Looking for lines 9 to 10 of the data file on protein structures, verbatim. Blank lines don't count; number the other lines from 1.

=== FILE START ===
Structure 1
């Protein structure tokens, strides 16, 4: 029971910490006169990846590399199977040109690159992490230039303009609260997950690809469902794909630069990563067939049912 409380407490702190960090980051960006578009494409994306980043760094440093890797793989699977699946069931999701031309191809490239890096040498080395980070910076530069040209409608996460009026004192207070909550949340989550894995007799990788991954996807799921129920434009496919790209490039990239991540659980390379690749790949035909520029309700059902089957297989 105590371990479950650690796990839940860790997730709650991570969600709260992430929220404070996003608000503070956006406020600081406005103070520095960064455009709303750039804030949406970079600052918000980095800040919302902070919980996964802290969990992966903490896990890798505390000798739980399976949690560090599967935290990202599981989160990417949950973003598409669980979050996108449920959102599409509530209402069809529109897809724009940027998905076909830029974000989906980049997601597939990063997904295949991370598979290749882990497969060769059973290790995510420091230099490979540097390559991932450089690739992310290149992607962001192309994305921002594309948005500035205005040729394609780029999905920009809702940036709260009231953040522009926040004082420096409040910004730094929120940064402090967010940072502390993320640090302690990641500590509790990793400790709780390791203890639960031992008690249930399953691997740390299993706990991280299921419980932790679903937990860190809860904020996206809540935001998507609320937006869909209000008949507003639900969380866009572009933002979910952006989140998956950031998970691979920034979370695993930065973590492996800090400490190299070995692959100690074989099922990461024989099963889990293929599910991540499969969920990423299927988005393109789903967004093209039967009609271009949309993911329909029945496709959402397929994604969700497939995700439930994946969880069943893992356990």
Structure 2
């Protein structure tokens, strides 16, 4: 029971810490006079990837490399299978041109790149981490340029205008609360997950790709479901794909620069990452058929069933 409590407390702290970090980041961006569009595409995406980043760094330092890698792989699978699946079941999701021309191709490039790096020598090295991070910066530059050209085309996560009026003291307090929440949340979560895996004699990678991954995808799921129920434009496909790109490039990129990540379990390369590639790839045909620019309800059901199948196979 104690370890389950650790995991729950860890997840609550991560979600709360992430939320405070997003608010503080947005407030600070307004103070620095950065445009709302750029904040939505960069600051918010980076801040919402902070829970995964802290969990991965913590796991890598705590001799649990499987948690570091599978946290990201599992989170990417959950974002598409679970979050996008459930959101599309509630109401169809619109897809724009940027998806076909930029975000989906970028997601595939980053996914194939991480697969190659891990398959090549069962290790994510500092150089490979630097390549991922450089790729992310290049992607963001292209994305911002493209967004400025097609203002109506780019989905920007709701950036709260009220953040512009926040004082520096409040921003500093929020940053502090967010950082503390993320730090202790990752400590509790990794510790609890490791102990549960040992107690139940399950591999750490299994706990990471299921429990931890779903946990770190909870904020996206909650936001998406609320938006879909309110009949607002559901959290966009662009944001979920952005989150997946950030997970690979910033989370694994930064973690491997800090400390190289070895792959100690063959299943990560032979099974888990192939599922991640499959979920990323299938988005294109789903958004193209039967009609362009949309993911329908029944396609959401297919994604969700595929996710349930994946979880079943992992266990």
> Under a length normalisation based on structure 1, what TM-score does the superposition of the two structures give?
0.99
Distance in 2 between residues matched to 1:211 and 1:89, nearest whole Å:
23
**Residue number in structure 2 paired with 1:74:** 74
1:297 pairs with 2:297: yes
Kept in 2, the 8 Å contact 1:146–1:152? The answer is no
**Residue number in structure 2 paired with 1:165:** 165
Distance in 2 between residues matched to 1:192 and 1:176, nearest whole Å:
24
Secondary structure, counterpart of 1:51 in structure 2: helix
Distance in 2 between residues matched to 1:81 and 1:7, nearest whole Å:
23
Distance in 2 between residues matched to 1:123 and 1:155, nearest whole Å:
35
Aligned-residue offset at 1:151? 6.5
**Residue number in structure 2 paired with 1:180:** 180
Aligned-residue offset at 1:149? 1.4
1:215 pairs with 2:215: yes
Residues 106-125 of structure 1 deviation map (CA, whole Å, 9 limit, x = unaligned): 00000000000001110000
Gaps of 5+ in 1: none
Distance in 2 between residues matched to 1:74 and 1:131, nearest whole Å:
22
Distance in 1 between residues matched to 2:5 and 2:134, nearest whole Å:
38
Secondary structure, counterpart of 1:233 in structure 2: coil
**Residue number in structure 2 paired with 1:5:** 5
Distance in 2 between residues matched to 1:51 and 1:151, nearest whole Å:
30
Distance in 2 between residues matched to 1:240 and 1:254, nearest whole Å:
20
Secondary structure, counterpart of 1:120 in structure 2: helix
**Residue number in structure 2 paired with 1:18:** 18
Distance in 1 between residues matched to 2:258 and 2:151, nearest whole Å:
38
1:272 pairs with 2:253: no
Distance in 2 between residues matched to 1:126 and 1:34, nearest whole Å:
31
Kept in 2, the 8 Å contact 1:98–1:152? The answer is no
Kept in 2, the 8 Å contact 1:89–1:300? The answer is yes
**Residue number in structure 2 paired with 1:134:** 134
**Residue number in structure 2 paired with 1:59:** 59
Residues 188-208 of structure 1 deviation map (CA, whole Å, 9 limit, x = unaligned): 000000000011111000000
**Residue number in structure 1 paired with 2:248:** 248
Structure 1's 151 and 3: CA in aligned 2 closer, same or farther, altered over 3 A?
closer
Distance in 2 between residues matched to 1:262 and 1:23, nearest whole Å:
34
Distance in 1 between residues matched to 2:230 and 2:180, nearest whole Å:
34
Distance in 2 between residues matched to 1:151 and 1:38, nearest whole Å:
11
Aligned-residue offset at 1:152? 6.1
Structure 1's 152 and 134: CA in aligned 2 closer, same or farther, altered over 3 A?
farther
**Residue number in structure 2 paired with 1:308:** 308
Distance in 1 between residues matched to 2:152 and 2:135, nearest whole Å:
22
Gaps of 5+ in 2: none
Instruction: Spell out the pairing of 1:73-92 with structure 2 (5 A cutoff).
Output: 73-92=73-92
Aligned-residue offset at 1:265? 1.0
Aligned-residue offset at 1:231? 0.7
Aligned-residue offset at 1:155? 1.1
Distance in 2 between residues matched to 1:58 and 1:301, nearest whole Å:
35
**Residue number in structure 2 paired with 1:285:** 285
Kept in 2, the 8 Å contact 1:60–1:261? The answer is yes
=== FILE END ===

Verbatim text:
**Residue number in structure 2 paired with 1:74:** 74
1:297 pairs with 2:297: yes